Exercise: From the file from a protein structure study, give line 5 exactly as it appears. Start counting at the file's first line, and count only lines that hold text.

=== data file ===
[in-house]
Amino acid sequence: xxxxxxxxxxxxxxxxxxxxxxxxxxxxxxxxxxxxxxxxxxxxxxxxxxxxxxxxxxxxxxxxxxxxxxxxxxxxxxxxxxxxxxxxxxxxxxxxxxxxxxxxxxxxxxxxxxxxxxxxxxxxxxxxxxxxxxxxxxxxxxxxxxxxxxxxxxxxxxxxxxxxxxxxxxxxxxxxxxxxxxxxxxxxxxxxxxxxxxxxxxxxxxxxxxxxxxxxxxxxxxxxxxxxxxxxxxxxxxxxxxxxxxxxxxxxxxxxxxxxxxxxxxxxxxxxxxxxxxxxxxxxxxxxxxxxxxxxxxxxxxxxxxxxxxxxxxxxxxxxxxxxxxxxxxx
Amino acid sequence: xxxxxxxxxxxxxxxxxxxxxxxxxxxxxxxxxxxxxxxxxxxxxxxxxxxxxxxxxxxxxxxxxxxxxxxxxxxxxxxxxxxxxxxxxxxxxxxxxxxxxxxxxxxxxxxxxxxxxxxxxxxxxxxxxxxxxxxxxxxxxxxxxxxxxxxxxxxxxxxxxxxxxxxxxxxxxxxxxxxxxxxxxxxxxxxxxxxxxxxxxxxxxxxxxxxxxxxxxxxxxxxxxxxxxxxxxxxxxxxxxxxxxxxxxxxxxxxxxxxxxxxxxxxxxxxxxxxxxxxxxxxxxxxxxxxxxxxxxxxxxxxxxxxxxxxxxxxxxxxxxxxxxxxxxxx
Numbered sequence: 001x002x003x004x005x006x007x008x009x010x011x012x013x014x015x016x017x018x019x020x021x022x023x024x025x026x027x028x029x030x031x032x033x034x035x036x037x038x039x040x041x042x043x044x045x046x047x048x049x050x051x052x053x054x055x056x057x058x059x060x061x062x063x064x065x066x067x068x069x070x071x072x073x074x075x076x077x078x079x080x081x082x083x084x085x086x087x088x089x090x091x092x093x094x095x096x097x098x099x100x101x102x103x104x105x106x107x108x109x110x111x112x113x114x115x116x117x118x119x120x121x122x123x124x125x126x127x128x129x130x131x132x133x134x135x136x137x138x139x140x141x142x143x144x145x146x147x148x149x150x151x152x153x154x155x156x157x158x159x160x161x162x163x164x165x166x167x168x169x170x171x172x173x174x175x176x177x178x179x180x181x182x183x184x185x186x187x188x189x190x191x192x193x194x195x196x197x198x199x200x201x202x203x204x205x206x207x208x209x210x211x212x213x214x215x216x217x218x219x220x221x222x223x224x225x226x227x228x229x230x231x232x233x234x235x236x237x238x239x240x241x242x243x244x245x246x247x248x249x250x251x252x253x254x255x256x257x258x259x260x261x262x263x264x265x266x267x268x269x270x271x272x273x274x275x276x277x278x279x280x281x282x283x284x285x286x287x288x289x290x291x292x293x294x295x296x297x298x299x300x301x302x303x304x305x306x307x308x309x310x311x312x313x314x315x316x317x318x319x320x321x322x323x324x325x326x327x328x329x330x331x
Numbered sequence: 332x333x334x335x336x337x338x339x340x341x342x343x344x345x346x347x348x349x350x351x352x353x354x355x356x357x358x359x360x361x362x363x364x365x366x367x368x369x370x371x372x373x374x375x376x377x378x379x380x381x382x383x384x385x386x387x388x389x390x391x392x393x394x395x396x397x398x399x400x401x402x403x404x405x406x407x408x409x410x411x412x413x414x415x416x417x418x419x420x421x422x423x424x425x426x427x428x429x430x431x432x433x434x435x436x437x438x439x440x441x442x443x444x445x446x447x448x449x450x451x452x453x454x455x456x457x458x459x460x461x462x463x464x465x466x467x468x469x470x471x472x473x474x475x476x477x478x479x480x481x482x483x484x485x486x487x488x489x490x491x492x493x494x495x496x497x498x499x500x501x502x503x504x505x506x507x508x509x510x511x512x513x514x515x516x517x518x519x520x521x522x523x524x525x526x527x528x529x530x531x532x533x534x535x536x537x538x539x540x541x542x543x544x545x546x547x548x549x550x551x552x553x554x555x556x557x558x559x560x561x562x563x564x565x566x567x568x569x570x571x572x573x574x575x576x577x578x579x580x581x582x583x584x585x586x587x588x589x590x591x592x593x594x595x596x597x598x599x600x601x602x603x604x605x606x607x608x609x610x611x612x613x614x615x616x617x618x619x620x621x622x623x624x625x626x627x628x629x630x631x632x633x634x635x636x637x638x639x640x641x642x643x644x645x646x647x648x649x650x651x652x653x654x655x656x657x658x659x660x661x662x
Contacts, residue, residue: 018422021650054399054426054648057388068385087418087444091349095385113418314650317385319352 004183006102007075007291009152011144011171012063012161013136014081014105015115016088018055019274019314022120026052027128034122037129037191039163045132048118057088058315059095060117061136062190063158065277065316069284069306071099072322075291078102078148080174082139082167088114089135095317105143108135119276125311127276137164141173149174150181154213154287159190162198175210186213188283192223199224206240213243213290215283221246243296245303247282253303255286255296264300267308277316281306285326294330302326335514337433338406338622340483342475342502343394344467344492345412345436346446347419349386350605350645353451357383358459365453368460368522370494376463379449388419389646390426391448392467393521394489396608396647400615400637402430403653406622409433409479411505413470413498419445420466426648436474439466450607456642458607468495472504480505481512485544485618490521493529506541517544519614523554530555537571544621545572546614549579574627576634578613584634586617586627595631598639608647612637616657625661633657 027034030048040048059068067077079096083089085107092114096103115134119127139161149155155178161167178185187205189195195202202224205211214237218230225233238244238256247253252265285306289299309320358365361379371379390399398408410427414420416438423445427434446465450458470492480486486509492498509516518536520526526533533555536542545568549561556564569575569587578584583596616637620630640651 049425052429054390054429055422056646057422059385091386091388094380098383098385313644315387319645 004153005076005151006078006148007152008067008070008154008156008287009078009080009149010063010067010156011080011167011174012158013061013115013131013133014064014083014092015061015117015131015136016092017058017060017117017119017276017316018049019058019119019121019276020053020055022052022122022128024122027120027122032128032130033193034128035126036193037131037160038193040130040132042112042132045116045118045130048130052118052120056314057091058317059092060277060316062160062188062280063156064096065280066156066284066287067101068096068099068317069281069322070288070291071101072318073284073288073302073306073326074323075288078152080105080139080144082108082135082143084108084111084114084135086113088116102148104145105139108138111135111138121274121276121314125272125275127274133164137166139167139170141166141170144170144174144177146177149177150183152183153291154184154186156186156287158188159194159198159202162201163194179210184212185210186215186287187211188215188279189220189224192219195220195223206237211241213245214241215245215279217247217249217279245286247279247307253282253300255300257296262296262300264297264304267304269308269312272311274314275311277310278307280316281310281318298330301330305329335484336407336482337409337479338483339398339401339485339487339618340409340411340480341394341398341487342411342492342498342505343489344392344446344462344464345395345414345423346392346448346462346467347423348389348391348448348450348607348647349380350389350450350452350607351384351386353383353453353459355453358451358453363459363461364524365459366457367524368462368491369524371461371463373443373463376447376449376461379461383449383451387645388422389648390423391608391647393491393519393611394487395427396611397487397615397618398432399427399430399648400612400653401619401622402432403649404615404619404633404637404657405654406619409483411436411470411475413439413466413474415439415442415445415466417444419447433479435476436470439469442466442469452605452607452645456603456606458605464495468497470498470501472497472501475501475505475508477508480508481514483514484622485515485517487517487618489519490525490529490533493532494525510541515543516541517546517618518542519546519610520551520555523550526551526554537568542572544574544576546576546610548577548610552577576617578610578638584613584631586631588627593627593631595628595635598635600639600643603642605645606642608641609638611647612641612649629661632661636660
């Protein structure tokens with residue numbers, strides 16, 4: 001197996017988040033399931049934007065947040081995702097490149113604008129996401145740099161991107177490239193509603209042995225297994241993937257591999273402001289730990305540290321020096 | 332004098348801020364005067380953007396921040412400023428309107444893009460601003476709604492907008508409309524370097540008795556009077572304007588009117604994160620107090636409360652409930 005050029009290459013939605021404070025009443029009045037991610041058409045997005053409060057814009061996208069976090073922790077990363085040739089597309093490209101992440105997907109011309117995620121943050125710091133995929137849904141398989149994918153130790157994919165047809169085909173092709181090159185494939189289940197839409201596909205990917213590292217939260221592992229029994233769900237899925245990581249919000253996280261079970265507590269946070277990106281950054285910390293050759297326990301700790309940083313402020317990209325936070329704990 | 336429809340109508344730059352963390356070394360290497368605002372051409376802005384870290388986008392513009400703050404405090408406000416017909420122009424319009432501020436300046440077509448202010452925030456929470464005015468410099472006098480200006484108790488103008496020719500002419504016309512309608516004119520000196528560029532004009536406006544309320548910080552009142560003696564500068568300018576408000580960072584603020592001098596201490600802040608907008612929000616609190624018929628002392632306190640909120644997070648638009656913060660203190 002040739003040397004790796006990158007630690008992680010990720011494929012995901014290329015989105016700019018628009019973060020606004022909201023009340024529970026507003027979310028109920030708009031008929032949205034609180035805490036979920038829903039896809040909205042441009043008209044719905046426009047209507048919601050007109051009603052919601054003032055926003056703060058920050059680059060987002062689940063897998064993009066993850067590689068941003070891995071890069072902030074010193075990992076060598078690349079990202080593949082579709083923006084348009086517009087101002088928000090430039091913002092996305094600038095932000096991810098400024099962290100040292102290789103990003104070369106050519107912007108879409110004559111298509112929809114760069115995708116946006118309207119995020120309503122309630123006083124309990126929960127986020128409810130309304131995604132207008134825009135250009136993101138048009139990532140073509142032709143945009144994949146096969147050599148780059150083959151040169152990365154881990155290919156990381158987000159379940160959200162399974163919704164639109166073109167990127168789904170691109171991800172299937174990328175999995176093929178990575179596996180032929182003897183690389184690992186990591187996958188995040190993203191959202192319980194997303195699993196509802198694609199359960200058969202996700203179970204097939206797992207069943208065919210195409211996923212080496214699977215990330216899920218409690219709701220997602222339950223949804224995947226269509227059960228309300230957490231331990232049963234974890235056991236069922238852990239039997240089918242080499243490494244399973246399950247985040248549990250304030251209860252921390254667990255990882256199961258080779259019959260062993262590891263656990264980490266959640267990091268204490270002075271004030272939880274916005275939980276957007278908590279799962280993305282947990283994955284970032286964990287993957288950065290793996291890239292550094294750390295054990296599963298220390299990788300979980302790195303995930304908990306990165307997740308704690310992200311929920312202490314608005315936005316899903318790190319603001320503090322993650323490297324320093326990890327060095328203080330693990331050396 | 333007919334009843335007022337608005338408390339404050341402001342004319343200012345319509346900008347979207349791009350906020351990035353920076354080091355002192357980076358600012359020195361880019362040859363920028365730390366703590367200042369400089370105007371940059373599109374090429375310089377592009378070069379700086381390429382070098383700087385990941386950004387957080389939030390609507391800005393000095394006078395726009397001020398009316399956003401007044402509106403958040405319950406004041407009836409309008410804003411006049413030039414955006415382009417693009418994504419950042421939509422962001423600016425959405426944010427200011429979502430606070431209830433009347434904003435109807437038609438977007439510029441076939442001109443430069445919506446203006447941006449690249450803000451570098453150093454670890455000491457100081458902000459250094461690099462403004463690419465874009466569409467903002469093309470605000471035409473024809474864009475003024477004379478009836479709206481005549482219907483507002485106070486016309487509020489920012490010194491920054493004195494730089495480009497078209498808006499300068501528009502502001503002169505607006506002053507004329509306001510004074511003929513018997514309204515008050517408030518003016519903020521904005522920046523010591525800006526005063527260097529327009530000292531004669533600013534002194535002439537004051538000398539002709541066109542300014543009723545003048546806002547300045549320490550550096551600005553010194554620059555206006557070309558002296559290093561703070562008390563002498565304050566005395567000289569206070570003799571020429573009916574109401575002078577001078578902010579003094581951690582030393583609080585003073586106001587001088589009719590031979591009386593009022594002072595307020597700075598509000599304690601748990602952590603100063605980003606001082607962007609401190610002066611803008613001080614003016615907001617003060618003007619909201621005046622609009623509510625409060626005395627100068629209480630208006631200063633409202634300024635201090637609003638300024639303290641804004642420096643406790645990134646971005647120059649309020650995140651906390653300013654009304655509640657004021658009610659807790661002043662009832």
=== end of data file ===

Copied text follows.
Numbered sequence: 332x333x334x335x336x337x338x339x340x341x342x343x344x345x346x347x348x349x350x351x352x353x354x355x356x357x358x359x360x361x362x363x364x365x366x367x368x369x370x371x372x373x374x375x376x377x378x379x380x381x382x383x384x385x386x387x388x389x390x391x392x393x394x395x396x397x398x399x400x401x402x403x404x405x406x407x408x409x410x411x412x413x414x415x416x417x418x419x420x421x422x423x424x425x426x427x428x429x430x431x432x433x434x435x436x437x438x439x440x441x442x443x444x445x446x447x448x449x450x451x452x453x454x455x456x457x458x459x460x461x462x463x464x465x466x467x468x469x470x471x472x473x474x475x476x477x478x479x480x481x482x483x484x485x486x487x488x489x490x491x492x493x494x495x496x497x498x499x500x501x502x503x504x505x506x507x508x509x510x511x512x513x514x515x516x517x518x519x520x521x522x523x524x525x526x527x528x529x530x531x532x533x534x535x536x537x538x539x540x541x542x543x544x545x546x547x548x549x550x551x552x553x554x555x556x557x558x559x560x561x562x563x564x565x566x567x568x569x570x571x572x573x574x575x576x577x578x579x580x581x582x583x584x585x586x587x588x589x590x591x592x593x594x595x596x597x598x599x600x601x602x603x604x605x606x607x608x609x610x611x612x613x614x615x616x617x618x619x620x621x622x623x624x625x626x627x628x629x630x631x632x633x634x635x636x637x638x639x640x641x642x643x644x645x646x647x648x649x650x651x652x653x654x655x656x657x658x659x660x661x662x